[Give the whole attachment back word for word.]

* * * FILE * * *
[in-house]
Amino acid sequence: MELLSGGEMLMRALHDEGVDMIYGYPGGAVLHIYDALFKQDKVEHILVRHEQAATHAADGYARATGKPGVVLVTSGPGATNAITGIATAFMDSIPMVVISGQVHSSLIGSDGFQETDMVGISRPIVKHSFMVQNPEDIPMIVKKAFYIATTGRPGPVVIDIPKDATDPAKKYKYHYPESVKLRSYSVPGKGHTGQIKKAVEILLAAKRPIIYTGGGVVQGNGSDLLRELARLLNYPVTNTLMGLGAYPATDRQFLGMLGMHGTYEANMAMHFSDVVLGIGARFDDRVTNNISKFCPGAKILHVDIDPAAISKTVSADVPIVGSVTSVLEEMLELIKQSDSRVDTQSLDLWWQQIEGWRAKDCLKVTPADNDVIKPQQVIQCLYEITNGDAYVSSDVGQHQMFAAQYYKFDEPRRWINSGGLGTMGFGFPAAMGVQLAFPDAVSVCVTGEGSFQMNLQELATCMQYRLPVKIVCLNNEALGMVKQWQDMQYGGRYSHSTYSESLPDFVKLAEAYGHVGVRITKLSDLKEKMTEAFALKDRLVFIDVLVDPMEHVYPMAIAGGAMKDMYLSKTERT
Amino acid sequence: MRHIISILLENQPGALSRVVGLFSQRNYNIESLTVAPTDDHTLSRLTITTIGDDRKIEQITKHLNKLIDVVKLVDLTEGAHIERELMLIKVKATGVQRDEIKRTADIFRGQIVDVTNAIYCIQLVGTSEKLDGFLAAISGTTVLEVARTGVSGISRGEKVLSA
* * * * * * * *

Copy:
[in-house]
Amino acid sequence: MELLSGGEMLMRALHDEGVDMIYGYPGGAVLHIYDALFKQDKVEHILVRHEQAATHAADGYARATGKPGVVLVTSGPGATNAITGIATAFMDSIPMVVISGQVHSSLIGSDGFQETDMVGISRPIVKHSFMVQNPEDIPMIVKKAFYIATTGRPGPVVIDIPKDATDPAKKYKYHYPESVKLRSYSVPGKGHTGQIKKAVEILLAAKRPIIYTGGGVVQGNGSDLLRELARLLNYPVTNTLMGLGAYPATDRQFLGMLGMHGTYEANMAMHFSDVVLGIGARFDDRVTNNISKFCPGAKILHVDIDPAAISKTVSADVPIVGSVTSVLEEMLELIKQSDSRVDTQSLDLWWQQIEGWRAKDCLKVTPADNDVIKPQQVIQCLYEITNGDAYVSSDVGQHQMFAAQYYKFDEPRRWINSGGLGTMGFGFPAAMGVQLAFPDAVSVCVTGEGSFQMNLQELATCMQYRLPVKIVCLNNEALGMVKQWQDMQYGGRYSHSTYSESLPDFVKLAEAYGHVGVRITKLSDLKEKMTEAFALKDRLVFIDVLVDPMEHVYPMAIAGGAMKDMYLSKTERT
Amino acid sequence: MRHIISILLENQPGALSRVVGLFSQRNYNIESLTVAPTDDHTLSRLTITTIGDDRKIEQITKHLNKLIDVVKLVDLTEGAHIERELMLIKVKATGVQRDEIKRTADIFRGQIVDVTNAIYCIQLVGTSEKLDGFLAAISGTTVLEVARTGVSGISRGEKVLSA